Natural decomposition processes take place all around us. Most people do not think about it very often, but microorganisms help our society every day to make the environment cleaner. Whether it concerns sewage treatment, composting organic waste or cleaning up contaminants in the soil, these “bugs”, as our customers often call them, play an important role.
At Bioclear earth we like to work with these “bugs” to break down contaminants in places where conventional techniques are often not technically feasible or too expensive. Think of, for example, the treatment of soil and ground and surface water, or the application of the biological decomposition processes in air and water filters. We use a wide range of bacteria and fungi that are able to break down the contaminants present. I sometimes feel like David the Gnome who is going to solve a new problem together with his "bugs".
Experience has taught us that every contamination is slightly different and that we need to look carefully at each location to see how we can use biological degradation processes optimally. We assess which techniques we can apply, but also which biological processes and therefore which “bugs” we can use to achieve the intended result. Our cooperation partners are living organisms who have their own living conditions and requirements in order for them to carry out their work for us. The trick is to find the right combination of techniques, organisms and conditions to achieve the biological breakdown of contaminants. It is an enjoyable challenge not only to find the right solution for our customers, but also to keep our "bugs" happy so they can do the work for us. While doing this, you really start looking at bacteria and fungi in a different way. They are rather important colleagues who are working hard to make the environment cleaner.
Plants can also play an important role in this clean up by stimulating soil life in the root zone and thus accelerating the decomposition of contaminants. This technique is known as phytoremediation and includes several processes that can be used in various ways. Central to each of these processes is the close cooperation between plants and microorganisms, but also the cooperation with humans. Our task is to create the right set-up so that plants, bacteria and fungi can work together to break down the contamination. This is not always self-evident, but it is a process upon which we, as human beings, can have a major influence. I find it very satisfying when my piece of created nature, including plants and microorganism, is capable of removing contaminants.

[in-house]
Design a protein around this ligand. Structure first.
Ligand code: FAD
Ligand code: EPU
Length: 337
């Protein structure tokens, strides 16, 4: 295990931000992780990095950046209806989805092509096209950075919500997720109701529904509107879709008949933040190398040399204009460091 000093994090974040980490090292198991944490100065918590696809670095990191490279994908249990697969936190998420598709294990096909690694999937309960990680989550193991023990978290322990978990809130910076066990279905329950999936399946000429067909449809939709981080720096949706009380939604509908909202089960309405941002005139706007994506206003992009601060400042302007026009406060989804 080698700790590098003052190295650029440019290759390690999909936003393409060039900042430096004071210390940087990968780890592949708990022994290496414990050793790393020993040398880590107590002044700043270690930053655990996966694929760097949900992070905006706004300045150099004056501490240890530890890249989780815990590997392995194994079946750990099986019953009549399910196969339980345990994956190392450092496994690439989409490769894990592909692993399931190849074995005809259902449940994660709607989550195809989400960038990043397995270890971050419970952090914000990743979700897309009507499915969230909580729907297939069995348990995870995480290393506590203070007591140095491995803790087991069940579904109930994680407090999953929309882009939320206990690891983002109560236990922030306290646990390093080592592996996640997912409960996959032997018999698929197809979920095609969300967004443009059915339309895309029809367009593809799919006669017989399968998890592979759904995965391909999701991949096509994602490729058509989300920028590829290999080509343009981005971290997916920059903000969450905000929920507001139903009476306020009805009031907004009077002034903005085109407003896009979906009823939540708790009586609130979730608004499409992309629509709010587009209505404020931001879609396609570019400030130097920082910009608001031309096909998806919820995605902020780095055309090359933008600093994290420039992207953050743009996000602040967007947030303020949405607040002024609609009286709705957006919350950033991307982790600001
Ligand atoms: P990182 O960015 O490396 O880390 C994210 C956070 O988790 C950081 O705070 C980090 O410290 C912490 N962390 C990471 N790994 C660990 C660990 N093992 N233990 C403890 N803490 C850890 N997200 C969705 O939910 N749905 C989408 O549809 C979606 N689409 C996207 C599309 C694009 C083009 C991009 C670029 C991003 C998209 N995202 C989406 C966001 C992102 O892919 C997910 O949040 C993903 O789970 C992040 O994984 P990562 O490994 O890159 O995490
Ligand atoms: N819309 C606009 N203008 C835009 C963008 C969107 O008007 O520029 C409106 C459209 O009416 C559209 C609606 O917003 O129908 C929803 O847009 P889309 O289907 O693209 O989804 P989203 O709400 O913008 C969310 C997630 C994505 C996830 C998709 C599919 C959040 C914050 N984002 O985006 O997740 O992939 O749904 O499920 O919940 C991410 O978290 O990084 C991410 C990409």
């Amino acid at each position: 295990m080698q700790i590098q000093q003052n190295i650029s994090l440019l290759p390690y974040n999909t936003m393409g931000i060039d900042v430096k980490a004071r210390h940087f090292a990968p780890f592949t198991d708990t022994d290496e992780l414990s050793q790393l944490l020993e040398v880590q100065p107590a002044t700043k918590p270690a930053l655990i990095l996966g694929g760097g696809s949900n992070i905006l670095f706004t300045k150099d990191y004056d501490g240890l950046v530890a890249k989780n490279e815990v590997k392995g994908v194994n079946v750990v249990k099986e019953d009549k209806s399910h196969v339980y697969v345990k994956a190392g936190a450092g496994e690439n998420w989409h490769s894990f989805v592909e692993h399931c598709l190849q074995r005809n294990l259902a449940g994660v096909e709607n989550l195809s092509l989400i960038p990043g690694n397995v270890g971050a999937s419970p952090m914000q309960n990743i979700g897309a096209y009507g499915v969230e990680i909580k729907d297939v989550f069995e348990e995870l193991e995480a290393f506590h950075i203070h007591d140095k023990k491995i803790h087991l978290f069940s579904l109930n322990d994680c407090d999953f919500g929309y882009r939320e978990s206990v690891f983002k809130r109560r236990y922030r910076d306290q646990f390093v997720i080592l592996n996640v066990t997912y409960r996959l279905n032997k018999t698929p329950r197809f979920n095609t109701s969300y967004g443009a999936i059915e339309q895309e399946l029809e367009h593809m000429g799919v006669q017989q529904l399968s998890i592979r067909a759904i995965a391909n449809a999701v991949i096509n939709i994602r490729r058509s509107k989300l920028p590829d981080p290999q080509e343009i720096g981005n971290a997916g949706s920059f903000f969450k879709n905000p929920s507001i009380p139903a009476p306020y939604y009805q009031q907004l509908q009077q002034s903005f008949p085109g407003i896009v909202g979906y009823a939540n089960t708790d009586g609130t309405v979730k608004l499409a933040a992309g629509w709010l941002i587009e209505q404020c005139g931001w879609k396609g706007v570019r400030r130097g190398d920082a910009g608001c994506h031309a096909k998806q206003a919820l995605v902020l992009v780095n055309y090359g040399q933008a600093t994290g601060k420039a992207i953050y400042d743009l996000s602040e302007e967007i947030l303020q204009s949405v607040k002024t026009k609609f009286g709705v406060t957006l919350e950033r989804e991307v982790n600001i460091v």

In our field, we come across contaminants that are completely unknown when it comes to the potential for degradation. In addition, our society does not stand still and we, as humanity, are constantly producing new chemicals that end up in the environment.
Amazingly, it turns out that nature often has an answer for these situations and is capable of more than you might think. The same groups of “bugs” that are already used for the breakdown of classic pollutants, such as chlorinated hydrocarbons and mineral oil, are also able to break down these complex, new substances. Even complex substances such as pesticides and pharmaceuticals. Dealing with these issues, we often work on the edge of what is known. This requires the ability to apply new insights and discoveries from the research lab in practical contamination situations in the field. This challenges your thinking skills. As a result, working with “bugs” and plants in relation to the breakdown of contaminants always remains interesting.
In short, the possibilities and applications of biodegradation are endless! The question that remains now is how we can use nature with all its "bugs" and plants in order to help you in making the environment cleaner? My colleagues and I are happy to assist you!
Freek van den Heuvel